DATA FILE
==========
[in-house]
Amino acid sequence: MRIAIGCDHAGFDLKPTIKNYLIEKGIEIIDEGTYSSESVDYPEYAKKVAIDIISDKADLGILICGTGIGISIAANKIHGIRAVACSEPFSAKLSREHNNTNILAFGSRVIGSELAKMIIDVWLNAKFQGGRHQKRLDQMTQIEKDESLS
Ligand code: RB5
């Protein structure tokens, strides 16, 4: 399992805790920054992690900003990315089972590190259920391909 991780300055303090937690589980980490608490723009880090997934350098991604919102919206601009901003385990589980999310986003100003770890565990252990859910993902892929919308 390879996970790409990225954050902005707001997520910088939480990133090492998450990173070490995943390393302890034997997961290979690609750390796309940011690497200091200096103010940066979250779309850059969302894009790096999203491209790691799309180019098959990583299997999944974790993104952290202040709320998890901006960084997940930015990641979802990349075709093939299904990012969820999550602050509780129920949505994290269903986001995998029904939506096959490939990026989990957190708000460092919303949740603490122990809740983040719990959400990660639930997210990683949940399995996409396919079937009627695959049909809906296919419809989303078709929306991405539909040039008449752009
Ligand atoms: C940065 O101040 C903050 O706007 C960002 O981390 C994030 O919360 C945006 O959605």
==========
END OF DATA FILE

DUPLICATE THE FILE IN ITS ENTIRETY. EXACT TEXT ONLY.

[in-house]
Amino acid sequence: MRIAIGCDHAGFDLKPTIKNYLIEKGIEIIDEGTYSSESVDYPEYAKKVAIDIISDKADLGILICGTGIGISIAANKIHGIRAVACSEPFSAKLSREHNNTNILAFGSRVIGSELAKMIIDVWLNAKFQGGRHQKRLDQMTQIEKDESLS
Ligand code: RB5
């Protein structure tokens, strides 16, 4: 399992805790920054992690900003990315089972590190259920391909 991780300055303090937690589980980490608490723009880090997934350098991604919102919206601009901003385990589980999310986003100003770890565990252990859910993902892929919308 390879996970790409990225954050902005707001997520910088939480990133090492998450990173070490995943390393302890034997997961290979690609750390796309940011690497200091200096103010940066979250779309850059969302894009790096999203491209790691799309180019098959990583299997999944974790993104952290202040709320998890901006960084997940930015990641979802990349075709093939299904990012969820999550602050509780129920949505994290269903986001995998029904939506096959490939990026989990957190708000460092919303949740603490122990809740983040719990959400990660639930997210990683949940399995996409396919079937009627695959049909809906296919419809989303078709929306991405539909040039008449752009
Ligand atoms: C940065 O101040 C903050 O706007 C960002 O981390 C994030 O919360 C945006 O959605």